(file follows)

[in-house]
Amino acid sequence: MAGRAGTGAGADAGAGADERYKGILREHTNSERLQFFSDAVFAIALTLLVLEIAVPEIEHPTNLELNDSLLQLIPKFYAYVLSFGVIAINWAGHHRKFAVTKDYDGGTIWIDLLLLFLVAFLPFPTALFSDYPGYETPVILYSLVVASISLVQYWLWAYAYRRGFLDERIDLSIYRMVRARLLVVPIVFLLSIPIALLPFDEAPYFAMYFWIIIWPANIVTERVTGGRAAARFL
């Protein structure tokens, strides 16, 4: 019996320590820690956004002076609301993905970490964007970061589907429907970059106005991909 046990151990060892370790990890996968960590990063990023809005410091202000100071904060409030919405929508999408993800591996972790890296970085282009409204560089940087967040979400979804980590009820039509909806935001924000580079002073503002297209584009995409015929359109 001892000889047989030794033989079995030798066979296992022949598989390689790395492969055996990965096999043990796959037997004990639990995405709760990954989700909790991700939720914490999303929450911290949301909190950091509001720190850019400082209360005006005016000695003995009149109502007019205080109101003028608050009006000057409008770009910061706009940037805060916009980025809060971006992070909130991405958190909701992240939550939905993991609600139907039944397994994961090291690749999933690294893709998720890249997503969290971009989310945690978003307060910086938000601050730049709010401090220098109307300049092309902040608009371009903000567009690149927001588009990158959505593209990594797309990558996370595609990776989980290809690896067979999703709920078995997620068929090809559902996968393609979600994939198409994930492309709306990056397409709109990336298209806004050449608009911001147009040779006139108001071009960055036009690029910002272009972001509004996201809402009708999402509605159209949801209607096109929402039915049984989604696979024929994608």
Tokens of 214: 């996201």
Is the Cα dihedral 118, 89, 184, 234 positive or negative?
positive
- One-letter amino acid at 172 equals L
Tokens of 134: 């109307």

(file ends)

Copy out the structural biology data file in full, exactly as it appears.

[in-house]
Amino acid sequence: MAGRAGTGAGADAGAGADERYKGILREHTNSERLQFFSDAVFAIALTLLVLEIAVPEIEHPTNLELNDSLLQLIPKFYAYVLSFGVIAINWAGHHRKFAVTKDYDGGTIWIDLLLLFLVAFLPFPTALFSDYPGYETPVILYSLVVASISLVQYWLWAYAYRRGFLDERIDLSIYRMVRARLLVVPIVFLLSIPIALLPFDEAPYFAMYFWIIIWPANIVTERVTGGRAAARFL
């Protein structure tokens, strides 16, 4: 019996320590820690956004002076609301993905970490964007970061589907429907970059106005991909 046990151990060892370790990890996968960590990063990023809005410091202000100071904060409030919405929508999408993800591996972790890296970085282009409204560089940087967040979400979804980590009820039509909806935001924000580079002073503002297209584009995409015929359109 001892000889047989030794033989079995030798066979296992022949598989390689790395492969055996990965096999043990796959037997004990639990995405709760990954989700909790991700939720914490999303929450911290949301909190950091509001720190850019400082209360005006005016000695003995009149109502007019205080109101003028608050009006000057409008770009910061706009940037805060916009980025809060971006992070909130991405958190909701992240939550939905993991609600139907039944397994994961090291690749999933690294893709998720890249997503969290971009989310945690978003307060910086938000601050730049709010401090220098109307300049092309902040608009371009903000567009690149927001588009990158959505593209990594797309990558996370595609990776989980290809690896067979999703709920078995997620068929090809559902996968393609979600994939198409994930492309709306990056397409709109990336298209806004050449608009911001147009040779006139108001071009960055036009690029910002272009972001509004996201809402009708999402509605159209949801209607096109929402039915049984989604696979024929994608």
Tokens of 214: 């996201």
Is the Cα dihedral 118, 89, 184, 234 positive or negative?
positive
- One-letter amino acid at 172 equals L
Tokens of 134: 């109307």